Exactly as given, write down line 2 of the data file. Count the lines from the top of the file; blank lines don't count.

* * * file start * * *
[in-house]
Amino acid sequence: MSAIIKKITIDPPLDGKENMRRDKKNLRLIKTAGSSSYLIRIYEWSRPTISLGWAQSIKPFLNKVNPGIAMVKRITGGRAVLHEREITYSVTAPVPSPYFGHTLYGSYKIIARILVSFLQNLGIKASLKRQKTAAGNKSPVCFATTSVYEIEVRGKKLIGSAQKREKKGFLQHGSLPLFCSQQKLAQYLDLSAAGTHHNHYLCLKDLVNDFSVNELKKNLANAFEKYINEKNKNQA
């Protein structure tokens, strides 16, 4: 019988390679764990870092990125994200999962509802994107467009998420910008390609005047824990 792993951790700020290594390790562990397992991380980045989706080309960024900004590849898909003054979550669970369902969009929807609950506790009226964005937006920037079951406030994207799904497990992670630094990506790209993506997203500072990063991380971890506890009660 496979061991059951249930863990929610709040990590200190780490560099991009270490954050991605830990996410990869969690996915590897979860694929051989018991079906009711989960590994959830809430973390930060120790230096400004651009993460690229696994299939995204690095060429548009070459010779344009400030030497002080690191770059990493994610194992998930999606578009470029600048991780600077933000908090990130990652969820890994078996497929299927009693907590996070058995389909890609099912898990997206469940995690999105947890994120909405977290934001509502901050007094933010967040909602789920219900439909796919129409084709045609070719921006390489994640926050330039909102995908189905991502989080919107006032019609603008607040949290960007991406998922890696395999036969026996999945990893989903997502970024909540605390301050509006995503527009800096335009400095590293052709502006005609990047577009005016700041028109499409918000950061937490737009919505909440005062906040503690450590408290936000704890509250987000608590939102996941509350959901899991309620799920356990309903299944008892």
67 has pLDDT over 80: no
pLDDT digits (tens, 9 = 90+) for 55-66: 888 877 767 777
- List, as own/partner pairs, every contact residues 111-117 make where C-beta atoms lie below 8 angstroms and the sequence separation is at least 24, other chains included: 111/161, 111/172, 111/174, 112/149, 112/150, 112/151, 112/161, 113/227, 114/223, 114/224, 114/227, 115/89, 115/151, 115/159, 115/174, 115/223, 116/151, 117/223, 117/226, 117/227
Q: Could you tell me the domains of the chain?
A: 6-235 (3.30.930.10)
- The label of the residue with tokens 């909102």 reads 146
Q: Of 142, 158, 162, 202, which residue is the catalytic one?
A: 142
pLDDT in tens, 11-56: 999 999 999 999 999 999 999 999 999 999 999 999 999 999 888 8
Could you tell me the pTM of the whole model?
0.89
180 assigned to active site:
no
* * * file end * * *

Amino acid sequence: MSAIIKKITIDPPLDGKENMRRDKKNLRLIKTAGSSSYLIRIYEWSRPTISLGWAQSIKPFLNKVNPGIAMVKRITGGRAVLHEREITYSVTAPVPSPYFGHTLYGSYKIIARILVSFLQNLGIKASLKRQKTAAGNKSPVCFATTSVYEIEVRGKKLIGSAQKREKKGFLQHGSLPLFCSQQKLAQYLDLSAAGTHHNHYLCLKDLVNDFSVNELKKNLANAFEKYINEKNKNQA